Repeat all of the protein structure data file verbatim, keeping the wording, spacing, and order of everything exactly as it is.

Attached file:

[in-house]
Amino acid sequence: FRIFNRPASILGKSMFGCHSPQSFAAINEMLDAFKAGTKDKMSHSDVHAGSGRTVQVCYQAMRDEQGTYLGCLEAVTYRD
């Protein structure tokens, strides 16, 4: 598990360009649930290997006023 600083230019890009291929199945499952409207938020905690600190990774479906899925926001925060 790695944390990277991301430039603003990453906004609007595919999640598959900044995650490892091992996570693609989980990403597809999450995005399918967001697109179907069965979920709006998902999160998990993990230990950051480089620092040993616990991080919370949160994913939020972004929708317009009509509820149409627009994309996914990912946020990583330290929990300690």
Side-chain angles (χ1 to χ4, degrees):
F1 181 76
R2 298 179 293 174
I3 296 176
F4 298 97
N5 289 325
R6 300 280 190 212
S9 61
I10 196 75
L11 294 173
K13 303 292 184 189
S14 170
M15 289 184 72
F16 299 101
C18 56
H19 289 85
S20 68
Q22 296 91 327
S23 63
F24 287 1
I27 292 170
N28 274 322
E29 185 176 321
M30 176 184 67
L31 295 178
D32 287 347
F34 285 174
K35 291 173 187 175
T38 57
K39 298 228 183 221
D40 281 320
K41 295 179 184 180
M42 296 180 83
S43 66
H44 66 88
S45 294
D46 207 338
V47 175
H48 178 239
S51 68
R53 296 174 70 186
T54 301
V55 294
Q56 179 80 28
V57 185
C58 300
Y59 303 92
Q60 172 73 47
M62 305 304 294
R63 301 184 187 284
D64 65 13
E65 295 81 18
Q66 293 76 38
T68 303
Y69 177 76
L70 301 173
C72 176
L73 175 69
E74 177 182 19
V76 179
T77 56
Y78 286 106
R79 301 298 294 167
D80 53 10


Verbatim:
[in-house]
Amino acid sequence: FRIFNRPASILGKSMFGCHSPQSFAAINEMLDAFKAGTKDKMSHSDVHAGSGRTVQVCYQAMRDEQGTYLGCLEAVTYRD
């Protein structure tokens, strides 16, 4: 598990360009649930290997006023 600083230019890009291929199945499952409207938020905690600190990774479906899925926001925060 790695944390990277991301430039603003990453906004609007595919999640598959900044995650490892091992996570693609989980990403597809999450995005399918967001697109179907069965979920709006998902999160998990993990230990950051480089620092040993616990991080919370949160994913939020972004929708317009009509509820149409627009994309996914990912946020990583330290929990300690």
Side-chain angles (χ1 to χ4, degrees):
F1 181 76
R2 298 179 293 174
I3 296 176
F4 298 97
N5 289 325
R6 300 280 190 212
S9 61
I10 196 75
L11 294 173
K13 303 292 184 189
S14 170
M15 289 184 72
F16 299 101
C18 56
H19 289 85
S20 68
Q22 296 91 327
S23 63
F24 287 1
I27 292 170
N28 274 322
E29 185 176 321
M30 176 184 67
L31 295 178
D32 287 347
F34 285 174
K35 291 173 187 175
T38 57
K39 298 228 183 221
D40 281 320
K41 295 179 184 180
M42 296 180 83
S43 66
H44 66 88
S45 294
D46 207 338
V47 175
H48 178 239
S51 68
R53 296 174 70 186
T54 301
V55 294
Q56 179 80 28
V57 185
C58 300
Y59 303 92
Q60 172 73 47
M62 305 304 294
R63 301 184 187 284
D64 65 13
E65 295 81 18
Q66 293 76 38
T68 303
Y69 177 76
L70 301 173
C72 176
L73 175 69
E74 177 182 19
V76 179
T77 56
Y78 286 106
R79 301 298 294 167
D80 53 10